Suspending his directorial retirement, Steven Soderbergh categorically guides a skilled cast in order to ensure the indispensable levels of entertainment in his recent heist comedy Logan Lucky, which is farcically penned by newcomer Rebecca Blunt. The story follows the dissatisfied Jimmy Logan (Channing Tatum), a dedicated father who couldn’t envision a better solution to provide for and spend time with his daughter than robbing his work site at the Charlotte Motor Speedway. The idea nurtures extra stimulus after he has been laid off below the belt.
Jimmy first relies on his brother Clyde (Adam Driver), an Iraq war vet who lost half of his left arm on duty, and both start ruminating about the best way of getting the unavoidable, experienced cracksman Joe Bang (a bleach-haired Daniel Craig) out of jail. The furtive Clyde intentionally commits a minor offense to be sent to the prison, where he orchestrates everything so Joe can break free with no major effort.
It’s not too much to emphasize that is their intention to return him to the correction facility immediately after the job is accomplished, without anyone noticing. The other cunning comrades joining the team are Joe’s sloppy brothers Sam (Brian Gleeson) and Fish Bang (Jack Quaid), who joke about needing a good excuse to break the law, and Jimmy and Clyde’s sister, Mellie (Riley Keough). The team stages their act with resoluteness and intention, resorting to unorthodox procedures to succeed. When everything seemed meticulously studied and solved in their heads, a challenge arrives from a forced schedule adjustment, making the stratagem coincide with the famous Coca-Cola 600 race on Memorial Day weekend.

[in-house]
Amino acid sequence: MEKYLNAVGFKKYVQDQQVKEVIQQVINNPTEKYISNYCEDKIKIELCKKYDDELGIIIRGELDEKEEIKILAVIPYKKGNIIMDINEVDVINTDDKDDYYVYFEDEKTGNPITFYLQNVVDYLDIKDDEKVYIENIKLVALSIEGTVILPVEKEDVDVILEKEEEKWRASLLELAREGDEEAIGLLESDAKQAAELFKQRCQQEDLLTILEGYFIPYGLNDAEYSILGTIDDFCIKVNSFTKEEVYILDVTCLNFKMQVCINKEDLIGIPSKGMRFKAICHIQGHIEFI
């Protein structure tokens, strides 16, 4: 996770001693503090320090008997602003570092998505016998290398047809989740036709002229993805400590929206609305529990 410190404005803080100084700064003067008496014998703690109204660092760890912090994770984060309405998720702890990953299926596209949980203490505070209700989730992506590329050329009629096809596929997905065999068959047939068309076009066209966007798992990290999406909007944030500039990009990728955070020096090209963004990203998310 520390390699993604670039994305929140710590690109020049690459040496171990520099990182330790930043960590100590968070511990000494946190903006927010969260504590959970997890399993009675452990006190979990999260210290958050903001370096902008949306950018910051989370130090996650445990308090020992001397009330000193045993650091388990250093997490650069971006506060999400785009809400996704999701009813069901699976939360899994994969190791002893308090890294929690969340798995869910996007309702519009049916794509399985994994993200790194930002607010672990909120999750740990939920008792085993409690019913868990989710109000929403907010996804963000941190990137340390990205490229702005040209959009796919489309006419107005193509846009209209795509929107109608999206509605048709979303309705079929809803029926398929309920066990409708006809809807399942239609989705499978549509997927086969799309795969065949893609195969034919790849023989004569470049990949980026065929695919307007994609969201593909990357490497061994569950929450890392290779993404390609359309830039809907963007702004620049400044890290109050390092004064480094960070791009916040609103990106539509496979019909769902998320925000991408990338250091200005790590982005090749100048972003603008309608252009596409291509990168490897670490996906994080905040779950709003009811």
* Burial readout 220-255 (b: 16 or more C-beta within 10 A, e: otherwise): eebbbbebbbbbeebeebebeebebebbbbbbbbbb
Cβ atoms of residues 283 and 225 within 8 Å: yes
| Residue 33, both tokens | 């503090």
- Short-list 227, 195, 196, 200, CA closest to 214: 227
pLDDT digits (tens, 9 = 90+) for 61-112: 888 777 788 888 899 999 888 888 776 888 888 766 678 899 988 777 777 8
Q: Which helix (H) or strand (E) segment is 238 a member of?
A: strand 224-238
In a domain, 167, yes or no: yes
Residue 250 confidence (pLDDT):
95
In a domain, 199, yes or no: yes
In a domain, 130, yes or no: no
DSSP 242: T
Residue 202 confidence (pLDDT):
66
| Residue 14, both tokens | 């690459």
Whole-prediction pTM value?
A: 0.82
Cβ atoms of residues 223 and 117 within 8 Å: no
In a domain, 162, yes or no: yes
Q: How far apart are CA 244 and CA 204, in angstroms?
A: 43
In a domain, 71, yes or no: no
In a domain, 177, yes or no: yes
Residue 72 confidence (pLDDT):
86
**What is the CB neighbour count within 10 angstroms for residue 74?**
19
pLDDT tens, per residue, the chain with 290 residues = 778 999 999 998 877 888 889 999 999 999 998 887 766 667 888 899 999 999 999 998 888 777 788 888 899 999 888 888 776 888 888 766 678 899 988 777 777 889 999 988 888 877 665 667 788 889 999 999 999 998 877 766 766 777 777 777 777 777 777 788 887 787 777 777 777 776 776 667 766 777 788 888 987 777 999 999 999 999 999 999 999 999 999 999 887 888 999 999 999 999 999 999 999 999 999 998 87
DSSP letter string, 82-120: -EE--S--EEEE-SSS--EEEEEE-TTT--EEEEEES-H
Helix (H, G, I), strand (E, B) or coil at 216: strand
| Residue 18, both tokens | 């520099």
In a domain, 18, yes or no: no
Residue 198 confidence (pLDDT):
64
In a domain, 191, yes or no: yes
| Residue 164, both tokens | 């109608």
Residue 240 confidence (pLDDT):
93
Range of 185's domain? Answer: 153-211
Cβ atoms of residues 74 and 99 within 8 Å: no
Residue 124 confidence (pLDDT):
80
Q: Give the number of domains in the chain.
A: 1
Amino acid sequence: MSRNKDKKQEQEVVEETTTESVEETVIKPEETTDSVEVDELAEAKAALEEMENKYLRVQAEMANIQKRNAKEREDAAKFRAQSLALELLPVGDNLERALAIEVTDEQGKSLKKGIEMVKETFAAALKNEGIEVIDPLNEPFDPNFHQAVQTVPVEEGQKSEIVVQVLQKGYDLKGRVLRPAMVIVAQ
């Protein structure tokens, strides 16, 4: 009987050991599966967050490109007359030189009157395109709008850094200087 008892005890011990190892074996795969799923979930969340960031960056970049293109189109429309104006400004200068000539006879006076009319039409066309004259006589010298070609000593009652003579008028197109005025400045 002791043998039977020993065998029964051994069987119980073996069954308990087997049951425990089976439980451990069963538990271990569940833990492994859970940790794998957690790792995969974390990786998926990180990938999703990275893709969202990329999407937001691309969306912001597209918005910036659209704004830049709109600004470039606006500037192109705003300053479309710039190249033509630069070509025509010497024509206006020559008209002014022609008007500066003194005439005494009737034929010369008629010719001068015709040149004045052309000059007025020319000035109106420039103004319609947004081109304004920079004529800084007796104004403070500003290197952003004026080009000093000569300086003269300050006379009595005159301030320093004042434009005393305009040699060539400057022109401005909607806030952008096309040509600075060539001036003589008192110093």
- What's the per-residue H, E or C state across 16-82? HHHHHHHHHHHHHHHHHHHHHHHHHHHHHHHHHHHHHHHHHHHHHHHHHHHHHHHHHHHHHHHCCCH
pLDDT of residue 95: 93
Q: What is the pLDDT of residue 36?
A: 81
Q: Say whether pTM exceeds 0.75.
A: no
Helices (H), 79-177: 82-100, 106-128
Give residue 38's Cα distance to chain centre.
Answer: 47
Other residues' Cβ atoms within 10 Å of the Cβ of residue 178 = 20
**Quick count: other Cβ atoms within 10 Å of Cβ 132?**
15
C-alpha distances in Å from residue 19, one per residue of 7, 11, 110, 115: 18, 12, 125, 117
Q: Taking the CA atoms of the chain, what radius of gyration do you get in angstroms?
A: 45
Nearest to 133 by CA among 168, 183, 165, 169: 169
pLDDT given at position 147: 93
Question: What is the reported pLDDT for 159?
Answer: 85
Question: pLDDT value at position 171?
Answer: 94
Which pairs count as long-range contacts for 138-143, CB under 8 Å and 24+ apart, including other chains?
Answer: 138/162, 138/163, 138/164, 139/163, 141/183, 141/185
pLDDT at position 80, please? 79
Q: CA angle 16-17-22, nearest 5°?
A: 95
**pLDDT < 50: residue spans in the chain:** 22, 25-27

“…robbing his work site at the Charlotte Motor Speedway.“
While the acting is effervescent and the camerawork assertive, the plot stays a few holes below Soderbergh’s remake of Ocean’s 11. However, one can sense his passion when dabbling in this particular genre, even if I dig better his low-budgeted, art-house independent inventions.
You’ll certainly find bracingly funny moments scattered throughout an amusing tale that benefits with the sprightly insouciance adopted by a filmmaker who has nothing to prove.
Tatum, who also co-produces, collaborates with Soderbergh for the fourth time. Their association started with Haywire in 2011 and proceeded with titles such as Side Effects and Magic Mike.
As a curiosity, Soderbergh is co-producing the upcoming Ocean’s Eight together with Steven Spielberg (direction by Gary Ross), and couldn’t resist the temptation of directing a horror movie entitled Unsane, starring Claire Foy, Juno Temple, and Jay Pharoah. While hoping for these 2018 releases, you may indulge yourself in this ingratiating money-snatching scheme.
"…bracingly funny moments scattered throughout an amusing tale."